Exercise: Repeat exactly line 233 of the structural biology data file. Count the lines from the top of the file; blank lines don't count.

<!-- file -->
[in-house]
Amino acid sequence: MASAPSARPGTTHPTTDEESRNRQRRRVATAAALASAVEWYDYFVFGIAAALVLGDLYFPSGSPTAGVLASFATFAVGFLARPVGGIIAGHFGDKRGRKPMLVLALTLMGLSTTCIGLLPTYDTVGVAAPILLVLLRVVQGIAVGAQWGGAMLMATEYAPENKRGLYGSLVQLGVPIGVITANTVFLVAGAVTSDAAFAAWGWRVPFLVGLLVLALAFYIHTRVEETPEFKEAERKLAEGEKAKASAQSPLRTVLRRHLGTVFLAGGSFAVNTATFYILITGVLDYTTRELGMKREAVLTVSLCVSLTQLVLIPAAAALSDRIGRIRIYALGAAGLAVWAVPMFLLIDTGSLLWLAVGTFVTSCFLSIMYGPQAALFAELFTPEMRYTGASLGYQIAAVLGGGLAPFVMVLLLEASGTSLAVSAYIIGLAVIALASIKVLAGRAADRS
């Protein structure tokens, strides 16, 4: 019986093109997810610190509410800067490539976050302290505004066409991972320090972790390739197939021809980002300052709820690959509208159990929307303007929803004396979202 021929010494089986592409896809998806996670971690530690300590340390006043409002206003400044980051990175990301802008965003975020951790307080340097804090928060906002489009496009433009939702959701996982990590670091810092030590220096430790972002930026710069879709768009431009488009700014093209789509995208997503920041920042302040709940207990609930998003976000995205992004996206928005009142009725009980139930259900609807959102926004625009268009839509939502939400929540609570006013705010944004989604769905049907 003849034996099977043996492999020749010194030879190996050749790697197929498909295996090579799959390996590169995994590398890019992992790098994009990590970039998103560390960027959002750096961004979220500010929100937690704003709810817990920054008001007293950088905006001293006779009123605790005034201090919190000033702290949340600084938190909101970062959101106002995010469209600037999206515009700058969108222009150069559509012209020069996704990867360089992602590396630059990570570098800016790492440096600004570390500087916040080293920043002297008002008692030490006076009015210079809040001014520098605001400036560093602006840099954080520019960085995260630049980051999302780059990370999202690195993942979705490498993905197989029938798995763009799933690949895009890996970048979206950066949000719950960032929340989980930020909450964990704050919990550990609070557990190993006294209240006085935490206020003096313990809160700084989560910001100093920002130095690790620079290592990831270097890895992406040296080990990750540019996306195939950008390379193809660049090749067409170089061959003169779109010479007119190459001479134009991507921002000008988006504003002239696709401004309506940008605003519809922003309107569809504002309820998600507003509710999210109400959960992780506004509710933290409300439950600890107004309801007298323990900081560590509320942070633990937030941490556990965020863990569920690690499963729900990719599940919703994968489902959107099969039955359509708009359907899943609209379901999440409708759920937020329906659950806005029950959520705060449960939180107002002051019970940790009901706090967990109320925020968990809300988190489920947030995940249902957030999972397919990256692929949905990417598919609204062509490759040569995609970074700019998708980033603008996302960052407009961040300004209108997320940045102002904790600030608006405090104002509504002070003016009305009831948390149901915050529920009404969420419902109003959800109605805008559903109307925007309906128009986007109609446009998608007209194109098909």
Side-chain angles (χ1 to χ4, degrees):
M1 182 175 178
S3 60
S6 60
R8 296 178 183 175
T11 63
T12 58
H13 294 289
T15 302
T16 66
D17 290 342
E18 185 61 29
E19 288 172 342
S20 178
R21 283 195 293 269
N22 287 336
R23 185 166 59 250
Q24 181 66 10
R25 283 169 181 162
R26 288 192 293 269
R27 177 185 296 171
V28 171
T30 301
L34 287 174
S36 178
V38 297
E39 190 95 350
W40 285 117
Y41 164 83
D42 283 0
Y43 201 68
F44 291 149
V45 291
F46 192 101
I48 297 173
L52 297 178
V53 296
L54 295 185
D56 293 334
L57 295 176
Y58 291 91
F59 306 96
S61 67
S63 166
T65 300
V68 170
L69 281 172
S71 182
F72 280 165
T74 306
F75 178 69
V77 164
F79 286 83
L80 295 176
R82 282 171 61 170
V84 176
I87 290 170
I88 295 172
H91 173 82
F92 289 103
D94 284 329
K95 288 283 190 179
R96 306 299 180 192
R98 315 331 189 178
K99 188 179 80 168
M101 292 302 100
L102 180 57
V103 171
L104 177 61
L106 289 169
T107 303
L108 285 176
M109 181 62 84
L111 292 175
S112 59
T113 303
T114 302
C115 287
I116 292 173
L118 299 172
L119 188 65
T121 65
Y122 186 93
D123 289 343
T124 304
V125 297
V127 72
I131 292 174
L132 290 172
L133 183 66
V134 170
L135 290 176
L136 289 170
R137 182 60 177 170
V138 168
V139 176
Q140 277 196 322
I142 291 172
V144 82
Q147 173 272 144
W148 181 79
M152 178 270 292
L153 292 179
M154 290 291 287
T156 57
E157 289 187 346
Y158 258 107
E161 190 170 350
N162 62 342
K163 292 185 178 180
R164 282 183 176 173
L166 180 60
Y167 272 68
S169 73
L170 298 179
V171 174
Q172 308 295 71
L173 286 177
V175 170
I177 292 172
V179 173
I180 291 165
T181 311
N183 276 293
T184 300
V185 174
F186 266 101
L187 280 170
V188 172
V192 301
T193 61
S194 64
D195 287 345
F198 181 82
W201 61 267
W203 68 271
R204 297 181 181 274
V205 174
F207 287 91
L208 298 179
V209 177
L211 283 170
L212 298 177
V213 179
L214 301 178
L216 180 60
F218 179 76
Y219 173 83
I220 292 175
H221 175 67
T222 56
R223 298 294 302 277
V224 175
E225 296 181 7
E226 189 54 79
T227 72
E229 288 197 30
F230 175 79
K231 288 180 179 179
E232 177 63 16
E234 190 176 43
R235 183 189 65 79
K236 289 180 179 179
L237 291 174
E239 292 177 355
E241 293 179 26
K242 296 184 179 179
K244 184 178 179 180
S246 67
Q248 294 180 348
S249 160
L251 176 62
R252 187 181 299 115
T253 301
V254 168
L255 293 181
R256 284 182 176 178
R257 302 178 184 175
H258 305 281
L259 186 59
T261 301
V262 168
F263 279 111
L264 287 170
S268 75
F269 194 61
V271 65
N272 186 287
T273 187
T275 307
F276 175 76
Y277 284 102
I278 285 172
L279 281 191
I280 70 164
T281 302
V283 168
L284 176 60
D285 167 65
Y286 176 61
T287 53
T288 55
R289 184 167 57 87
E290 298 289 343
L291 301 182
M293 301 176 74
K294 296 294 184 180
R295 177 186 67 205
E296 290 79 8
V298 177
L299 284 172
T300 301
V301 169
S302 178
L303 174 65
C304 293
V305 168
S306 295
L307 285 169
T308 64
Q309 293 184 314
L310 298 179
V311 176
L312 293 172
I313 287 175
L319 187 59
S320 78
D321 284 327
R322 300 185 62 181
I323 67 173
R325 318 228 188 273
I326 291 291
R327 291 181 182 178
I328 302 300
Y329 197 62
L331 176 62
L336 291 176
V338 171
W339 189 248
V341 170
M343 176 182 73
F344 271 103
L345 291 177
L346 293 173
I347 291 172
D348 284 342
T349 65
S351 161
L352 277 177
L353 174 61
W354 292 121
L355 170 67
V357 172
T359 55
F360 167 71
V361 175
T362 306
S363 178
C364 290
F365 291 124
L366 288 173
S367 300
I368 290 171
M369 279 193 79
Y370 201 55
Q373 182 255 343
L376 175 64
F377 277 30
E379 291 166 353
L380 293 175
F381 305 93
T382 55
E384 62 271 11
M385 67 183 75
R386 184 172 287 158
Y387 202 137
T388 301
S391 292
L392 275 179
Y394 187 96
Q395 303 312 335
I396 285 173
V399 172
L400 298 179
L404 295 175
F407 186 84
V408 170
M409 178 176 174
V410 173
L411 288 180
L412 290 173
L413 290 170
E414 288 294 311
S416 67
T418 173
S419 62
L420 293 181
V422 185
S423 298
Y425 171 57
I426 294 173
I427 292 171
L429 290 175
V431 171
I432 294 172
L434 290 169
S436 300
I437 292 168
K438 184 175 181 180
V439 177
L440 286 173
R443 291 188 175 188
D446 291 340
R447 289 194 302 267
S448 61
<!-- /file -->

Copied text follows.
I323 67 173